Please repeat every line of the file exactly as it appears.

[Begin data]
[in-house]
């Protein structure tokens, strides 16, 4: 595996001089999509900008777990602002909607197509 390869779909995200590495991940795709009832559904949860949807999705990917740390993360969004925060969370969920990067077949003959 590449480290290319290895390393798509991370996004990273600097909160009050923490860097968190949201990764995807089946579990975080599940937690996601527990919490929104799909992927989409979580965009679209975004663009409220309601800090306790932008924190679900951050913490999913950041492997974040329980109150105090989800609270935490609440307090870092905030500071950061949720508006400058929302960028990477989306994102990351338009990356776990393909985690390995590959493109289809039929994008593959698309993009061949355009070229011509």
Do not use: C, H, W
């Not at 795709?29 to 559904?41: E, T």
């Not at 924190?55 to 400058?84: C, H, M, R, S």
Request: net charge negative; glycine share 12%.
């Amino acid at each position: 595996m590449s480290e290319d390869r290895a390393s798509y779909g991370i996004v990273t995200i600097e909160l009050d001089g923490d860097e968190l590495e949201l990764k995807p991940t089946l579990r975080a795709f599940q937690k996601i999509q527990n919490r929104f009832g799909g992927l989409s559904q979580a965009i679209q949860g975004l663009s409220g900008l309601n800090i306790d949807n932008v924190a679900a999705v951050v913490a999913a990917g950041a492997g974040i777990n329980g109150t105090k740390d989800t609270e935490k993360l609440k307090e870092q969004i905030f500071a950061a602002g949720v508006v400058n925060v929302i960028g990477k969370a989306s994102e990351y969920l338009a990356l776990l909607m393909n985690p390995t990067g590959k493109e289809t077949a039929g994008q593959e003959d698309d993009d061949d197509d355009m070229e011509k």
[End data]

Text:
[in-house]
């Protein structure tokens, strides 16, 4: 595996001089999509900008777990602002909607197509 390869779909995200590495991940795709009832559904949860949807999705990917740390993360969004925060969370969920990067077949003959 590449480290290319290895390393798509991370996004990273600097909160009050923490860097968190949201990764995807089946579990975080599940937690996601527990919490929104799909992927989409979580965009679209975004663009409220309601800090306790932008924190679900951050913490999913950041492997974040329980109150105090989800609270935490609440307090870092905030500071950061949720508006400058929302960028990477989306994102990351338009990356776990393909985690390995590959493109289809039929994008593959698309993009061949355009070229011509």
Do not use: C, H, W
């Not at 795709?29 to 559904?41: E, T």
């Not at 924190?55 to 400058?84: C, H, M, R, S």
Request: net charge negative; glycine share 12%.
């Amino acid at each position: 595996m590449s480290e290319d390869r290895a390393s798509y779909g991370i996004v990273t995200i600097e909160l009050d001089g923490d860097e968190l590495e949201l990764k995807p991940t089946l579990r975080a795709f599940q937690k996601i999509q527990n919490r929104f009832g799909g992927l989409s559904q979580a965009i679209q949860g975004l663009s409220g900008l309601n800090i306790d949807n932008v924190a679900a999705v951050v913490a999913a990917g950041a492997g974040i777990n329980g109150t105090k740390d989800t609270e935490k993360l609440k307090e870092q969004i905030f500071a950061a602002g949720v508006v400058n925060v929302i960028g990477k969370a989306s994102e990351y969920l338009a990356l776990l909607m393909n985690p390995t990067g590959k493109e289809t077949a039929g994008q593959e003959d698309d993009d061949d197509d355009m070229e011509k």